As clichéd as it may sound, hashtag marketing is both an art and a science. It's an art because the hashtags you come up with need to be creative, engaging, and interface with other inbound marketing channels. It's also a science in that research has shown that excessively long hashtags or an excessive amount of hashtags in a single Tweet can sabotage your best intentions.
With that in mind, we'd like to pass along seven ways to be a hashtag marketing artist and scientist (or, in other words, an expert.)
1. Identify your goals and choose wisely. There are a lot of silly yet fun hashtags on Twitter, for example. Does your brand want to be associated with these kinds of topics? Conversely, are you trying to educate your audience? If it’s expertise building you're looking for — which, by the way, is critical from an inbound marketing perspective — then embrace serious and informative hashtags. For example, if you're an auto dealer, #AutoMarketing is a great repository of marketing ideas and tips for the auto industry and dealerships.
2. Remember: engagement is the goal. Make sure your hashtags are used within a proper context with the aim of generating engagement and conversation with followers. After all, if the content is unrelated to the hashtag, followers will know it and lose interest. Worse yet, if this becomes a recurring pattern, Twitter may even suspend your account. (It's called spam.)
3. Contextualize your hashtag. Your hashtag shouldn't be floating around in the ether, but instead, be thematically linked to a larger promotion or to other social media channels. If you're a solar firm having an "end of summer sale," integrate your hashtag marketing into a larger strategy that includes a possible Facebook page, blog posts, or a standalone URL.
4. Embrace the power of restraint. In other words, less is more. Readers rightfully view a tweet with 9 hashtags to be spam-like. Don't just take our word for it. A report by Salesforce found that tweets with one or two hashtags receive 21% higher engagement than those with three or more hashtags.)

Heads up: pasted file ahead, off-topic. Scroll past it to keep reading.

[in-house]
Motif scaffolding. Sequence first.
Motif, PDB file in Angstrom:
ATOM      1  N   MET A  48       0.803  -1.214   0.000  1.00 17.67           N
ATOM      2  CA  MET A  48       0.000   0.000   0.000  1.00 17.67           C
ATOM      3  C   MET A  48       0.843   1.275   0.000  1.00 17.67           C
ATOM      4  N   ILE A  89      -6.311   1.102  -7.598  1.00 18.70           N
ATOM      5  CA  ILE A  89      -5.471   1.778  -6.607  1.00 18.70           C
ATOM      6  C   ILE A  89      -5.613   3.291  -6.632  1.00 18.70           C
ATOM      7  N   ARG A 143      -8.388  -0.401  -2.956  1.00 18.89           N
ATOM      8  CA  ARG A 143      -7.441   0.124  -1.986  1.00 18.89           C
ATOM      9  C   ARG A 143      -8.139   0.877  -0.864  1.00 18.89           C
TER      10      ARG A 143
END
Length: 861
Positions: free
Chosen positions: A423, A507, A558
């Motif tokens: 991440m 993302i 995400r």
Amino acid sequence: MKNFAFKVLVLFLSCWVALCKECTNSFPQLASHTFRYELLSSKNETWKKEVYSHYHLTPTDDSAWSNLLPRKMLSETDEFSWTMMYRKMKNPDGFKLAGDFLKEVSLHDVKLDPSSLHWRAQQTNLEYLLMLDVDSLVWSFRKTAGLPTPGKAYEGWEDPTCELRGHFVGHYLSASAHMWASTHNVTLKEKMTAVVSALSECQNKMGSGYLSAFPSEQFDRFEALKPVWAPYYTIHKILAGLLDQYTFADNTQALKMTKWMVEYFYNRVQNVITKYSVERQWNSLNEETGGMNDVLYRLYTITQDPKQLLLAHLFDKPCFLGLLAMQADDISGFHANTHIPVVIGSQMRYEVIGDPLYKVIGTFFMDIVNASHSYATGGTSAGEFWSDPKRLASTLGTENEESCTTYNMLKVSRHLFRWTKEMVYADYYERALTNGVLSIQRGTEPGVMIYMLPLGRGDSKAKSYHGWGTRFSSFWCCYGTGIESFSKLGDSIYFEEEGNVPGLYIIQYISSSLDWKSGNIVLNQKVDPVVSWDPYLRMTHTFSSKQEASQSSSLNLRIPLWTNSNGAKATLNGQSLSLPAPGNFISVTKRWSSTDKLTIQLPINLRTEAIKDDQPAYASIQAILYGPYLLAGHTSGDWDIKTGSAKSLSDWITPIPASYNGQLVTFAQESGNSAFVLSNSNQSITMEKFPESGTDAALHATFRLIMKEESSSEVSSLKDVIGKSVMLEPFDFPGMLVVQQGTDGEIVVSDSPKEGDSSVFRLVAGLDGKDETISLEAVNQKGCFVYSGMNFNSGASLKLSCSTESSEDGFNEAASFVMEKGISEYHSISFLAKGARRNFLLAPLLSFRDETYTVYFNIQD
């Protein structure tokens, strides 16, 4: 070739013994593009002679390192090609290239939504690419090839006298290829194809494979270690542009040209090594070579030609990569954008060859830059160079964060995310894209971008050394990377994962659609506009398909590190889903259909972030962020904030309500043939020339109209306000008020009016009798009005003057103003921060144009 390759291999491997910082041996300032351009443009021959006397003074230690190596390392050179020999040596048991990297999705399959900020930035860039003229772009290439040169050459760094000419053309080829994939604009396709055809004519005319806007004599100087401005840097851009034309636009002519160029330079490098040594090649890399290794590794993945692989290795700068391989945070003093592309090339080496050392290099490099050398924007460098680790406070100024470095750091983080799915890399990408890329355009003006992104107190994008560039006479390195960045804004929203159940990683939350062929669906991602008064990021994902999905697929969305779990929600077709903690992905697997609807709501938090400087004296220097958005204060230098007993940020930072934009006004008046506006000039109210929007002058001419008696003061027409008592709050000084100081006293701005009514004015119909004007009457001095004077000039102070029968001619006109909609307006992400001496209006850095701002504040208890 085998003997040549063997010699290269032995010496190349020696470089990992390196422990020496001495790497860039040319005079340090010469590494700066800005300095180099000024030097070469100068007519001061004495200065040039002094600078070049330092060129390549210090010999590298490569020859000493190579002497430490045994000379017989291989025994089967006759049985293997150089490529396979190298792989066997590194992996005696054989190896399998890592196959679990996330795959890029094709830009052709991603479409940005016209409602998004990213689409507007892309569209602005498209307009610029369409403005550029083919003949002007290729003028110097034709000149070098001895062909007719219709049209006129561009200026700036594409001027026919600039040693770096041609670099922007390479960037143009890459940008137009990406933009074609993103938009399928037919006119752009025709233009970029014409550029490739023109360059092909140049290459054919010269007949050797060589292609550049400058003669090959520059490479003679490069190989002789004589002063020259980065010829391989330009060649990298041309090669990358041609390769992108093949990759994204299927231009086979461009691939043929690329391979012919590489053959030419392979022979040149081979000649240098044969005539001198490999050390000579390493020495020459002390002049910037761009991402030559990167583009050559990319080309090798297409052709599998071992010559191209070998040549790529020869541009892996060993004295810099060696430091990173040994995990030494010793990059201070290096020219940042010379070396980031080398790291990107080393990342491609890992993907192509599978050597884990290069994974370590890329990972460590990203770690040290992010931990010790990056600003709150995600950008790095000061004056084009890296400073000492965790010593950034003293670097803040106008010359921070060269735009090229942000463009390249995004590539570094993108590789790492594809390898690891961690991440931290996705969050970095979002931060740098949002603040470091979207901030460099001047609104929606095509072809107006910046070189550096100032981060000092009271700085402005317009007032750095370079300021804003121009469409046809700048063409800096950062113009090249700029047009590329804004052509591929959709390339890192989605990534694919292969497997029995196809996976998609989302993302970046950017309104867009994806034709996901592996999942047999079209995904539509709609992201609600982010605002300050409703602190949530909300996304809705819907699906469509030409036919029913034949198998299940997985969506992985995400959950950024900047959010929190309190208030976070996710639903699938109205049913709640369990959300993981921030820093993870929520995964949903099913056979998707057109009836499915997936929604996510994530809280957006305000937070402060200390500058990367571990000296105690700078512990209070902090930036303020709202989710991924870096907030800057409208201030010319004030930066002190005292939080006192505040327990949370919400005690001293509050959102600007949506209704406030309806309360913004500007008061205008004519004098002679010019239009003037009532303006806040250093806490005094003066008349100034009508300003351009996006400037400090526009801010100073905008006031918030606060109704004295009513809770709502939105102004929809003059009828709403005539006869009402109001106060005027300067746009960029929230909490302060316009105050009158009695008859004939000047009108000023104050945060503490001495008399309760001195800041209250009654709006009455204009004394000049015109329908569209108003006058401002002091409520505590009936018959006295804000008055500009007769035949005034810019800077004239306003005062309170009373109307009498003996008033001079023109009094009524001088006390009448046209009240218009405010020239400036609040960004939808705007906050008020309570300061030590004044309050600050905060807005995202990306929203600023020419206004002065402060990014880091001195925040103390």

5. Keep the hashtag itself brief. In a similar vein, if your hashtag itself is long, it will reduce the amount of space Twitter followers have to comment since the platform, of course, only allows room for 140 characters.
6. Don't reinvent the wheel... By the time you finish reading this sentence, 5,350 new hashtags will have been created on Twitter. OK, we made that up, but hopefully you get the point. There are already tons of useful hashtags already out there and there's no need to duplicate your efforts. But before you piggyback on another hashtag, do your research. Who are the types of people who read those hashtags? Are people contributing good and serious content or just spam?
7...but don't hijack sensitive hashtags. It's a fine line here, but sometimes piggybacking — intentionally or otherwise — on another hashtag can backfire. For example, the baked goods company Entenmann’s used the hashtag #notguilty to promote their low-calorie food options, at the same time that #notguilty was already trending in the wake of the controversial Casey Anthony “Not Guilty” murder verdict. Yikes. Someone didn't do their homework.
What do you think? Has your brand successfully embraced hashtag marketing? What techniques have proven particularly effective? What did we neglect to mention?